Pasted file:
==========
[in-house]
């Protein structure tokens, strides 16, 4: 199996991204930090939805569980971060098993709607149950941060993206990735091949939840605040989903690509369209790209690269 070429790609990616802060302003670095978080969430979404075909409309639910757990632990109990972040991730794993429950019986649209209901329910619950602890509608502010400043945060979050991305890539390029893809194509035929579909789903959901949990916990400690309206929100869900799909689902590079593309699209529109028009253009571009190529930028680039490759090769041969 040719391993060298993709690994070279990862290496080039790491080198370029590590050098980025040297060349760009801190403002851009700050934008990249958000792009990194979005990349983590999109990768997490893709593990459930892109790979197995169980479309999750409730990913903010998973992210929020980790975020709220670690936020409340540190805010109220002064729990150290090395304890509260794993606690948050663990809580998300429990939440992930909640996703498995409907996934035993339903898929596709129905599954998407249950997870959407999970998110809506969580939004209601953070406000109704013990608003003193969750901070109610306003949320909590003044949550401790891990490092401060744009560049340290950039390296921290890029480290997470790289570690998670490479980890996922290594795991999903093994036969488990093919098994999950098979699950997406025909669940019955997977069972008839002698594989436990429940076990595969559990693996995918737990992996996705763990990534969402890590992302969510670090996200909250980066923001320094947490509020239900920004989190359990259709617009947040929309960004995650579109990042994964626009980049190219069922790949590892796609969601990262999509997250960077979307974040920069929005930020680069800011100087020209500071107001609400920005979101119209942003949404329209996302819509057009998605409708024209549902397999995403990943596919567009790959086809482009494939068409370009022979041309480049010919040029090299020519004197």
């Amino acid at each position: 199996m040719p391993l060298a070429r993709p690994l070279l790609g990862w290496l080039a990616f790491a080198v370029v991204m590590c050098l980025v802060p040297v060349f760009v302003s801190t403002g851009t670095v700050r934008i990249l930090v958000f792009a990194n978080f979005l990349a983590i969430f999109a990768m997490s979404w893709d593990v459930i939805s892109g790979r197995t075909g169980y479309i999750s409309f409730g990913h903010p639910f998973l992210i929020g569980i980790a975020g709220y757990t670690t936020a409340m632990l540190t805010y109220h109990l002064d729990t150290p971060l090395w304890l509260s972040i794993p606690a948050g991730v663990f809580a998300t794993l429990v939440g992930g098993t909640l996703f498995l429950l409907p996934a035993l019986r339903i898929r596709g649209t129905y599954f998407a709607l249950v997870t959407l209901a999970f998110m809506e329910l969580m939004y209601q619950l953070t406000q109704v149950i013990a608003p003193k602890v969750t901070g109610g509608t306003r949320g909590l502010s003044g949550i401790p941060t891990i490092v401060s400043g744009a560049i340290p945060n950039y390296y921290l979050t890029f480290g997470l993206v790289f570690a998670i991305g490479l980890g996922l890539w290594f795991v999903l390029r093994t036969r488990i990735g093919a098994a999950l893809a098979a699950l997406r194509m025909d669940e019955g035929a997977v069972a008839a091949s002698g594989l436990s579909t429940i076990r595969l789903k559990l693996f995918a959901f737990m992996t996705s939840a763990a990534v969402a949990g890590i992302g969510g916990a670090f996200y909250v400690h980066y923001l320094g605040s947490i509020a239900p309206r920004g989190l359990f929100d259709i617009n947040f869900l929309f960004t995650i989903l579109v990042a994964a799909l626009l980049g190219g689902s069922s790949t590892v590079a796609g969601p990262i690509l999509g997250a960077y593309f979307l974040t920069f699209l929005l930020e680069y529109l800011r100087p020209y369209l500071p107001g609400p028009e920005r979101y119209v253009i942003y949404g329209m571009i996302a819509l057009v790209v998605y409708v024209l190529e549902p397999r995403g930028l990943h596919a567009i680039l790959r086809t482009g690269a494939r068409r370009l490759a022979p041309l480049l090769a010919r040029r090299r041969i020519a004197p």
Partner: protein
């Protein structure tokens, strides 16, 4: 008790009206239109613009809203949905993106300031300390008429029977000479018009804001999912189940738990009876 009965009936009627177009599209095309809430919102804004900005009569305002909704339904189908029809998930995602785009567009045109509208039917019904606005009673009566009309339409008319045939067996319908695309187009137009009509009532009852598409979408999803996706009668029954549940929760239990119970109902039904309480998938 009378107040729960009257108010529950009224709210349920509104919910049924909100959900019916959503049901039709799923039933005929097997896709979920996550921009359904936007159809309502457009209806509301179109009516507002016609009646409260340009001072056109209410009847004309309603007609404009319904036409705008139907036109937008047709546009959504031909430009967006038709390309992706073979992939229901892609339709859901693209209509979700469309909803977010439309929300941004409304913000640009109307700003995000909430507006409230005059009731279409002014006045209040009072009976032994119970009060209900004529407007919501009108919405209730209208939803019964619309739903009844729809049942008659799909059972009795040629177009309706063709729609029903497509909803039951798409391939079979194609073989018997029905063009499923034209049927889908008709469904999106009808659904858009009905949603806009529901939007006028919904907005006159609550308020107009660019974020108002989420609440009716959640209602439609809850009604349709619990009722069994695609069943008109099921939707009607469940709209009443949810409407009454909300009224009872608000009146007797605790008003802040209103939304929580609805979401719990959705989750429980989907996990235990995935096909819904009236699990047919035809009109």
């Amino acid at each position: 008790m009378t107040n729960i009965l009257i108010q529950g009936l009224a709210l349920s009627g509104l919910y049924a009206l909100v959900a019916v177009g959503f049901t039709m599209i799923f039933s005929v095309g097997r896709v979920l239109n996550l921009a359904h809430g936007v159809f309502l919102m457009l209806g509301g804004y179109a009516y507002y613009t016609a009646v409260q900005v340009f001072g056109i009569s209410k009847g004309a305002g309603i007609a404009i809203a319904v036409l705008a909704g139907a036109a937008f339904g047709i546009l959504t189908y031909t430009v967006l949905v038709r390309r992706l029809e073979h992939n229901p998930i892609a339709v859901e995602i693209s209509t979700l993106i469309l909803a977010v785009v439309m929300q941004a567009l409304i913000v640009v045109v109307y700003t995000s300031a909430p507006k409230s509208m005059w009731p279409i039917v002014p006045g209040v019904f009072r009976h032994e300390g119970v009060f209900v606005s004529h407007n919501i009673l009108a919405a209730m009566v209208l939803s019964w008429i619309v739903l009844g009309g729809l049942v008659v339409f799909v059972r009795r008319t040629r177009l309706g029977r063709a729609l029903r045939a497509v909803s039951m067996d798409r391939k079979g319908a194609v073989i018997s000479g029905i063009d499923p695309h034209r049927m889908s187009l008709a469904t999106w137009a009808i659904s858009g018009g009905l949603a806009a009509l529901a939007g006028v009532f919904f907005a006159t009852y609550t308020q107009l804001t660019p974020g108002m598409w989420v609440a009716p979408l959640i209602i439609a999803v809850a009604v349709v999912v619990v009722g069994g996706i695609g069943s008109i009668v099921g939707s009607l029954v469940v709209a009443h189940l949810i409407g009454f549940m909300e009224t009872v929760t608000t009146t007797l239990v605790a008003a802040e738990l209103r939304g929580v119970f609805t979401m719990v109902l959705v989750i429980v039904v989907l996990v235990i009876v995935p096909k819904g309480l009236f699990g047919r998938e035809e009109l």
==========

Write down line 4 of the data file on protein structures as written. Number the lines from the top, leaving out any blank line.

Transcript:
Partner: protein